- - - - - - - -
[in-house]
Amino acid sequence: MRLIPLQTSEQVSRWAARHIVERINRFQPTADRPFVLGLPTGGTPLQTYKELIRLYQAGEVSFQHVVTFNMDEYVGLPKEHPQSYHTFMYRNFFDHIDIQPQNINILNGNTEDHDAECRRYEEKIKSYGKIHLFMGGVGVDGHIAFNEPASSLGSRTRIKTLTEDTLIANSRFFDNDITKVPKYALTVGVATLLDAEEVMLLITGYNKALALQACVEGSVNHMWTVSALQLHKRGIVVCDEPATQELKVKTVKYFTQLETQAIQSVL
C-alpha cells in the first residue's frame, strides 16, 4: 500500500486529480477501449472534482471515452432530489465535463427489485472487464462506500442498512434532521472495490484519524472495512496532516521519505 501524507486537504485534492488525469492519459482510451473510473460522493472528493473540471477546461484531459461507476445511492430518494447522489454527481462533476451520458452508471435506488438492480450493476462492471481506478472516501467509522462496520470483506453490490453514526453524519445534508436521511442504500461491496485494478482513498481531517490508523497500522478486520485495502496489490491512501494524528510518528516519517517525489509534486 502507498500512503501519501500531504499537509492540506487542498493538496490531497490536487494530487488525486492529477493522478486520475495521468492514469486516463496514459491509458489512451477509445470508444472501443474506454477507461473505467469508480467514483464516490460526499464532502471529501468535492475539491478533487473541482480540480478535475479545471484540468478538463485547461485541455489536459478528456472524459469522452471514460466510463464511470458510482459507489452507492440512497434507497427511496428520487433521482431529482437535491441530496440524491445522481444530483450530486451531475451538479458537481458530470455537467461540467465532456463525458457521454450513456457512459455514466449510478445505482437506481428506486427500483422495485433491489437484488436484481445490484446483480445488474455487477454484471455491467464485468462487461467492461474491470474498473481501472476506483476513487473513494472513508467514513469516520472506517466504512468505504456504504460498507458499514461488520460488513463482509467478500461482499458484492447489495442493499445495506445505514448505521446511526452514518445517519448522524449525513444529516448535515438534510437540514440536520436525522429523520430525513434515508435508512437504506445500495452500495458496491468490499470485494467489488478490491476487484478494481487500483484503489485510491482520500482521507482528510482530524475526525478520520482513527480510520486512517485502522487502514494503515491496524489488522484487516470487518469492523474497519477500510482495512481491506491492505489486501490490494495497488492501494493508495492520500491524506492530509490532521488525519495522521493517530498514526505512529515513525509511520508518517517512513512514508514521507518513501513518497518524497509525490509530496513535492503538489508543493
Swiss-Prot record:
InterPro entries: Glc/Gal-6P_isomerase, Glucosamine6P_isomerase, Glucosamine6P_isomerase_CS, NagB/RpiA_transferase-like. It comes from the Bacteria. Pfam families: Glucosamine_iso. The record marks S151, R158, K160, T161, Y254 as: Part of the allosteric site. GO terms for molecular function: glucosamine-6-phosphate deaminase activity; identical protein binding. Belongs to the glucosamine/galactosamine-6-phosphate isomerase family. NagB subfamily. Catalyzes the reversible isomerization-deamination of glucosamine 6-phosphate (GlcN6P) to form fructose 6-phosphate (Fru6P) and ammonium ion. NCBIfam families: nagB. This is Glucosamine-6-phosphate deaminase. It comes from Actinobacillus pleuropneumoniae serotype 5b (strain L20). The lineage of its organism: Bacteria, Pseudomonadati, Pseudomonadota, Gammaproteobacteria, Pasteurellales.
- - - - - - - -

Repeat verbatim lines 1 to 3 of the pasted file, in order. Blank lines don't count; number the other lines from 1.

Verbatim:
[in-house]
Amino acid sequence: MRLIPLQTSEQVSRWAARHIVERINRFQPTADRPFVLGLPTGGTPLQTYKELIRLYQAGEVSFQHVVTFNMDEYVGLPKEHPQSYHTFMYRNFFDHIDIQPQNINILNGNTEDHDAECRRYEEKIKSYGKIHLFMGGVGVDGHIAFNEPASSLGSRTRIKTLTEDTLIANSRFFDNDITKVPKYALTVGVATLLDAEEVMLLITGYNKALALQACVEGSVNHMWTVSALQLHKRGIVVCDEPATQELKVKTVKYFTQLETQAIQSVL
C-alpha cells in the first residue's frame, strides 16, 4: 500500500486529480477501449472534482471515452432530489465535463427489485472487464462506500442498512434532521472495490484519524472495512496532516521519505 501524507486537504485534492488525469492519459482510451473510473460522493472528493473540471477546461484531459461507476445511492430518494447522489454527481462533476451520458452508471435506488438492480450493476462492471481506478472516501467509522462496520470483506453490490453514526453524519445534508436521511442504500461491496485494478482513498481531517490508523497500522478486520485495502496489490491512501494524528510518528516519517517525489509534486 502507498500512503501519501500531504499537509492540506487542498493538496490531497490536487494530487488525486492529477493522478486520475495521468492514469486516463496514459491509458489512451477509445470508444472501443474506454477507461473505467469508480467514483464516490460526499464532502471529501468535492475539491478533487473541482480540480478535475479545471484540468478538463485547461485541455489536459478528456472524459469522452471514460466510463464511470458510482459507489452507492440512497434507497427511496428520487433521482431529482437535491441530496440524491445522481444530483450530486451531475451538479458537481458530470455537467461540467465532456463525458457521454450513456457512459455514466449510478445505482437506481428506486427500483422495485433491489437484488436484481445490484446483480445488474455487477454484471455491467464485468462487461467492461474491470474498473481501472476506483476513487473513494472513508467514513469516520472506517466504512468505504456504504460498507458499514461488520460488513463482509467478500461482499458484492447489495442493499445495506445505514448505521446511526452514518445517519448522524449525513444529516448535515438534510437540514440536520436525522429523520430525513434515508435508512437504506445500495452500495458496491468490499470485494467489488478490491476487484478494481487500483484503489485510491482520500482521507482528510482530524475526525478520520482513527480510520486512517485502522487502514494503515491496524489488522484487516470487518469492523474497519477500510482495512481491506491492505489486501490490494495497488492501494493508495492520500491524506492530509490532521488525519495522521493517530498514526505512529515513525509511520508518517517512513512514508514521507518513501513518497518524497509525490509530496513535492503538489508543493